In October 2021, the U.S. Department of Homeland Security (DHS) issued its T Visa Law Enforcement Resource Guide. The guide, published alongside updated guidance on T visas in the USCIS Policy Manual (USCIS-PM), advises law enforcement agencies on providing T visa certifications, a crucial form of evidence in T visa applications. This practice advisory gives an overview of the resource guide and how practitioners can utilize it to advocate for law enforcement agencies to provide law enforcement certifications to survivors.
Practice Advisory
Resources
Publication Date
01/18/2024
Law enforcement agencies in California have been responding to requests for U visa certifications for many years to allow immigrant survivors of crime and their family members to apply for U nonimmigrant status. However, until 2016 there was no statewide standard or protocol for certifications. Several bills have passed in the meantime to further streamline the process. Most recently, AB 1261 was signed into law in October 2023 and went into effect on 01/01/2024. The Immigrant Legal Resource Center and the Los Angeles Center for Law and Justice wrote this advisory to summarize California state laws on U visa certifications, including the newest provisions.
FAQs & Explainers
Resources
Publication Date
01/09/2024
Criminal Convictions can have serious consequences on peoples’ lives – especially non-citizens who wish to stay in the United States. Many immigration benefits have criminal bars, meaning that certain convictions will prevent you from getting a lawful immigration status, like permanent residence (green card). This Community Explainer offers some options for those who have had certain convictions related to domestic violence or human trafficking, with insights about how to define these crimes, some example scenarios, and explanations about the benefits of a legal tool called a “vacatur.”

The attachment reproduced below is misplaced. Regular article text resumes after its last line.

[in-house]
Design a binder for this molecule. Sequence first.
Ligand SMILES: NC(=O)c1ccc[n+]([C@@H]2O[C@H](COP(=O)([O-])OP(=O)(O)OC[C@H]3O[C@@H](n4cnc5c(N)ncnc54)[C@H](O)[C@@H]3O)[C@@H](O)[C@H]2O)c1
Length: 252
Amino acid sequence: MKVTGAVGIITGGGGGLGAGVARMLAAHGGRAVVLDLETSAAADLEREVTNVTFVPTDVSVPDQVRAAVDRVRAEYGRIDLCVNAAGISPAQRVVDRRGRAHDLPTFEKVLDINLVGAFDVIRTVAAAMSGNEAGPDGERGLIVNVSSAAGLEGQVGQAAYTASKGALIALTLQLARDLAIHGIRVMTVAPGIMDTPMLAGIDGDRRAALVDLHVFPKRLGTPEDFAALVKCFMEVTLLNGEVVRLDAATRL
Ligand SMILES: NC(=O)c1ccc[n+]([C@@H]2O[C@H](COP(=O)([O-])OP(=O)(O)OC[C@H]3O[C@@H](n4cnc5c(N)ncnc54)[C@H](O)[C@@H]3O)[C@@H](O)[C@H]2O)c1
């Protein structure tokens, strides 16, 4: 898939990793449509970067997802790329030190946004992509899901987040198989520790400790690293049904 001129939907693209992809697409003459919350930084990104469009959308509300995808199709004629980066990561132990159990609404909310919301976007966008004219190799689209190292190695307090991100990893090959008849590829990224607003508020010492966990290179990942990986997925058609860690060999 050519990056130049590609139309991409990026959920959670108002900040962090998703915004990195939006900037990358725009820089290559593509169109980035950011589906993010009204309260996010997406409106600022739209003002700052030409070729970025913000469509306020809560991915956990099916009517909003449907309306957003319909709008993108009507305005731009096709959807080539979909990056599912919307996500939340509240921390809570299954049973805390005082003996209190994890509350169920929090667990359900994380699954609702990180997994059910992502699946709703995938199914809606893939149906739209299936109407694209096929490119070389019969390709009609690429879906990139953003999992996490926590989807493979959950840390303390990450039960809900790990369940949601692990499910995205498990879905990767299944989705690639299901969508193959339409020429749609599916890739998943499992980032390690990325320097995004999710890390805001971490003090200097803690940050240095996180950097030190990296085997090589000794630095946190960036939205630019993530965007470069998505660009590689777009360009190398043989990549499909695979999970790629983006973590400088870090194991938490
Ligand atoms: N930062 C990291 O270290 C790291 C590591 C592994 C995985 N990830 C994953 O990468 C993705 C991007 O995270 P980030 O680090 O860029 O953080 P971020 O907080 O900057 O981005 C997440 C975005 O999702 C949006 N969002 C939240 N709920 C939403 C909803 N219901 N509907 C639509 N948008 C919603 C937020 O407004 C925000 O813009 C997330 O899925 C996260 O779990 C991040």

Public Comments / Sign-on Letters
Resources
Publication Date
01/08/2024
ILRC submitted this comment on the many proposed changes to U Visa Forms I-918, I-918A, and I-918B. ILRC commended the agency for many changes, including shortening Forms I-918 and I-918A and removing many questions about rare grounds of inadmissibility. ILRC also provided suggestions for how the agency could further streamline Forms I-918 and I-918A, and raised concerns about the expansion of Form I-918B.
Practice Advisory
Resources
Publication Date
10/10/2023
This practice advisory covers what to do when inadmissibility factors are discovered or triggered outside the U petitioning process such as after applying for or receiving U nonimmigrant status, adjusting status through INA § 245(m), adjusting status under a different petition, or traveling outside the country.
Public Comments / Sign-on Letters
Resources
Publication Date
08/30/2023
On August 1, 2023, USCIS published long-awaited Policy Manual guidance on the definition and process for determining statelessness. ILRC commented favorably on most of the guidance and made suggestions for some improvements.
Practice Advisory
Resources
Publication Date
09/01/2023
This practice advisory covers ways to gather information to determine whether your client might be inadmissible, how to address inadmissibility issues when applying for U nonimmigrant status, and how to file for an inadmissibility waiver for a U nonimmigrant applicant.